Dmitry Sergeevich believed that post-Soviet Russia must both recover its own moral, artistic, and spiritual culture and, at the same time, discover the more open political and economic practices of the West. He did not see any contradiction between the two. When he received two years after Anna Akhmatova an honorary doctorate at Oxford, he had a long and moving visit with Isaiah Berlin, whose famous conversation with the persecuted poetess had so enraged the Stalinist establishment. Both participants confirmed to me how heartwarming the meeting was. It seemed to represent symbolically a new bridge between Russia and the West, Christian humanism and Jewish enlightenment.
Dmitry Sergeevich in his last years wrote letters to the Russian Patriarch calling for more open acknowledgment of the failings of the Orthodox Church hierarchy in the Soviet era and to President Yeltsin opposing the initial war in Chechnya. He lived to see the first Soviet Gulag in the Arctic archipelago of Solovki, where he had been imprisoned as a young man, turned back into a monastery and forward into a center for environmental study.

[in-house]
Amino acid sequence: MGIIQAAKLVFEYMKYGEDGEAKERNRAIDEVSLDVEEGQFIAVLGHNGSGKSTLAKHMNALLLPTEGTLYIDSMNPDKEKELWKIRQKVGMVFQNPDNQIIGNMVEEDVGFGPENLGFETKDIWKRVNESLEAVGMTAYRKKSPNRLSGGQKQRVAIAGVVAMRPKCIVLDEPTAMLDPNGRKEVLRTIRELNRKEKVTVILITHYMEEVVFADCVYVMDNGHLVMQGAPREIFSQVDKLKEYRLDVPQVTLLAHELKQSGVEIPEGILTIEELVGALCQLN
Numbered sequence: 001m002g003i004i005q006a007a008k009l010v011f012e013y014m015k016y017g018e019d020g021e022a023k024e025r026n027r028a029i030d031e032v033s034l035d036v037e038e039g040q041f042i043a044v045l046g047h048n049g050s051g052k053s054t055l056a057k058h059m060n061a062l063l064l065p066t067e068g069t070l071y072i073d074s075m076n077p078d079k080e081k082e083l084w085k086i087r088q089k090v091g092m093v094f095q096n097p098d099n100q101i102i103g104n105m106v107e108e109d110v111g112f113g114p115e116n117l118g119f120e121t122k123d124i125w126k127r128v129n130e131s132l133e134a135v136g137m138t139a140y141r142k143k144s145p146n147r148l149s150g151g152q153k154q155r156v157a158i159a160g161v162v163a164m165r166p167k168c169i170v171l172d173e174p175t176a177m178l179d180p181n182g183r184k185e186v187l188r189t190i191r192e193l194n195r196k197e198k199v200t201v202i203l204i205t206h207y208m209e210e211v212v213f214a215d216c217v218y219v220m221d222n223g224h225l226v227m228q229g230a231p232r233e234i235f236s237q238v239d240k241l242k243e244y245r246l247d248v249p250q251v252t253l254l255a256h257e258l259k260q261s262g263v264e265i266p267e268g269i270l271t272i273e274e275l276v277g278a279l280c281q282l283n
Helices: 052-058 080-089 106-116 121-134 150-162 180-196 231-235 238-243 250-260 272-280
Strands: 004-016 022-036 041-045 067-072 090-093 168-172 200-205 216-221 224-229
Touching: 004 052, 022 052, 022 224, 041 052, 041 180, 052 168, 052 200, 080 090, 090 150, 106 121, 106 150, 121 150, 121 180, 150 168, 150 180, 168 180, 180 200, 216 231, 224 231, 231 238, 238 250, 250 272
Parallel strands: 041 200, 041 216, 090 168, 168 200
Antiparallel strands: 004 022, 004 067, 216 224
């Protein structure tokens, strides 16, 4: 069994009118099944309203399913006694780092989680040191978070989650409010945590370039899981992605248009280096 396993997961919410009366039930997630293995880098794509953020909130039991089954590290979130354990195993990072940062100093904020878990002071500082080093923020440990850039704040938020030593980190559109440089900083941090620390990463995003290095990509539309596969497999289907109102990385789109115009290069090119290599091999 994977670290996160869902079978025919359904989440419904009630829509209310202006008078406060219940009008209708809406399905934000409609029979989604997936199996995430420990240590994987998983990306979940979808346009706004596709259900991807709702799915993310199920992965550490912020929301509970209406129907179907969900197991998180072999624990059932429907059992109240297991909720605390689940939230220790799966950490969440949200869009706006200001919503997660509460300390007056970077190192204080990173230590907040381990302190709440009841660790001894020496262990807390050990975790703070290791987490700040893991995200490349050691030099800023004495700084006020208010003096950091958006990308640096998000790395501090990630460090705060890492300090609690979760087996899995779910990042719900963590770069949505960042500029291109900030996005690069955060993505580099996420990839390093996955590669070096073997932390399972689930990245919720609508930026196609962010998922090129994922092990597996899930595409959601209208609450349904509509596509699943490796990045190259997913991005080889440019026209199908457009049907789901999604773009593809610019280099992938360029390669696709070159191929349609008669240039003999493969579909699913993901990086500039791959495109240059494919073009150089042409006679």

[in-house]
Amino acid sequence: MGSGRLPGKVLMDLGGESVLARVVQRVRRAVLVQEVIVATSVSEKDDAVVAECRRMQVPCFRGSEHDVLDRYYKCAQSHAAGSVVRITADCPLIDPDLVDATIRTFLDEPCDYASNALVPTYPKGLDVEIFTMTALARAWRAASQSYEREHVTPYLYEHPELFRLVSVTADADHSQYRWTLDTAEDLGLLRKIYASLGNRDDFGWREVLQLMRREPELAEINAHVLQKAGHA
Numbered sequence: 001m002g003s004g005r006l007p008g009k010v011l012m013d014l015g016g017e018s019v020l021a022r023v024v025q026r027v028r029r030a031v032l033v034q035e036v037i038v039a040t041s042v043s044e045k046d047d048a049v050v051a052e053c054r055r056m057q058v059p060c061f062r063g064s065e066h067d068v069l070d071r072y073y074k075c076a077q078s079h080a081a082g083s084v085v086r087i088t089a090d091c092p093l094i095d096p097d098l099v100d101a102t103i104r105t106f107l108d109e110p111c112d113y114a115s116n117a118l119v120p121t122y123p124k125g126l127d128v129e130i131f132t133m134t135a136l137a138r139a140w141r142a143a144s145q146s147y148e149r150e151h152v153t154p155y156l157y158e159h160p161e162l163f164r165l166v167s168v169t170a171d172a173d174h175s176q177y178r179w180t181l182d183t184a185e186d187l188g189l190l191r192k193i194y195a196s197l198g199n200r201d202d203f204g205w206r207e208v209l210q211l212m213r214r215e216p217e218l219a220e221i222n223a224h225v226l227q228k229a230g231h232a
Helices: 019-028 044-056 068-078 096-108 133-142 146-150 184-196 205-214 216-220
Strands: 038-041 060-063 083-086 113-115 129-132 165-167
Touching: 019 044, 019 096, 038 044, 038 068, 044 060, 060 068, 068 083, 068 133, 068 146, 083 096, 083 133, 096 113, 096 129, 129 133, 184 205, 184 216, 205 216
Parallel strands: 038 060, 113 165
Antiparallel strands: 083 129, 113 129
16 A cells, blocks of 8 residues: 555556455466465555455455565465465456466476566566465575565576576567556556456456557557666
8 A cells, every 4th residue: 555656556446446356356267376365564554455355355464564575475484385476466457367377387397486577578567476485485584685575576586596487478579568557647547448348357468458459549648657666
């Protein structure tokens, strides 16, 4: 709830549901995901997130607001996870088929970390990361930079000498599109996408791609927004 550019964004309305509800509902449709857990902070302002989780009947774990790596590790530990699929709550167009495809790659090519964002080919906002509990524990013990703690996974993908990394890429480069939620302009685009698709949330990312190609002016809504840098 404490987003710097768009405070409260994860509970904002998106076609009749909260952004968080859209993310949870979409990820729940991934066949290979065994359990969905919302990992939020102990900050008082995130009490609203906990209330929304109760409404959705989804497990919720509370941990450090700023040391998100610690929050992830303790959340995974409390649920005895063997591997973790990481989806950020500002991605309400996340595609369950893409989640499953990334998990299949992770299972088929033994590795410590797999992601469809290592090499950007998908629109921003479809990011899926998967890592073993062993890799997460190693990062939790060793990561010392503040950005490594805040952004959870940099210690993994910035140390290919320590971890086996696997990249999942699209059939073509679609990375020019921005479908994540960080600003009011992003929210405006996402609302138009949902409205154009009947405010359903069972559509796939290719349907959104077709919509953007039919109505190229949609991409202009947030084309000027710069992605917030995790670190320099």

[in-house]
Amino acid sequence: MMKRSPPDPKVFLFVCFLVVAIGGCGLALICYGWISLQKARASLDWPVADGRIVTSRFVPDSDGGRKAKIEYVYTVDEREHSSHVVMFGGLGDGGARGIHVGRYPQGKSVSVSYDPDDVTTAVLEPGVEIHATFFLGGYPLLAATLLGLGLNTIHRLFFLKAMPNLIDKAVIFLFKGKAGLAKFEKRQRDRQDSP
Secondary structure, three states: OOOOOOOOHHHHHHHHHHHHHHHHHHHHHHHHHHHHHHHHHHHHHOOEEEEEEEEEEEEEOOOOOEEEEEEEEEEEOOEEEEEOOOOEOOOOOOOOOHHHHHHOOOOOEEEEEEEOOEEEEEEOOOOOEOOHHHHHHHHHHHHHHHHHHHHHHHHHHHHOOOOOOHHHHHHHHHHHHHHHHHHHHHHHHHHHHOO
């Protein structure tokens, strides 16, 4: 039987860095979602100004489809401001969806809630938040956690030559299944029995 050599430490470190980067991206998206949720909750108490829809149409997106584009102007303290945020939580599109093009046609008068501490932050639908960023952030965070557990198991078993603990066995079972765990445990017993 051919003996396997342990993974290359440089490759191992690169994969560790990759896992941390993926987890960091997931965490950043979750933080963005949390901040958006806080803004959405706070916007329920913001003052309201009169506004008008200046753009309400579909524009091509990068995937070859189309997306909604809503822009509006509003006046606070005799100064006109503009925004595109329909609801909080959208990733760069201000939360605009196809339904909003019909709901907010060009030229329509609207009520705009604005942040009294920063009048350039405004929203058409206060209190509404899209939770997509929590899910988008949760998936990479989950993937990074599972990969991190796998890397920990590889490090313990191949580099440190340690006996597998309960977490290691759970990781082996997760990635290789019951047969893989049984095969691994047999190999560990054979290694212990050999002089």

He was influential in the composition of one of the best and shortest speeches that Yeltsin ever gave: at the reburial in St. Petersburg of the remains of the last Tsar and his family. For all his love of tradition and his horror at the assassination of the royal family, Likhachev emphatically rejected any return to monarchy and enthusiastically backed democratic reform.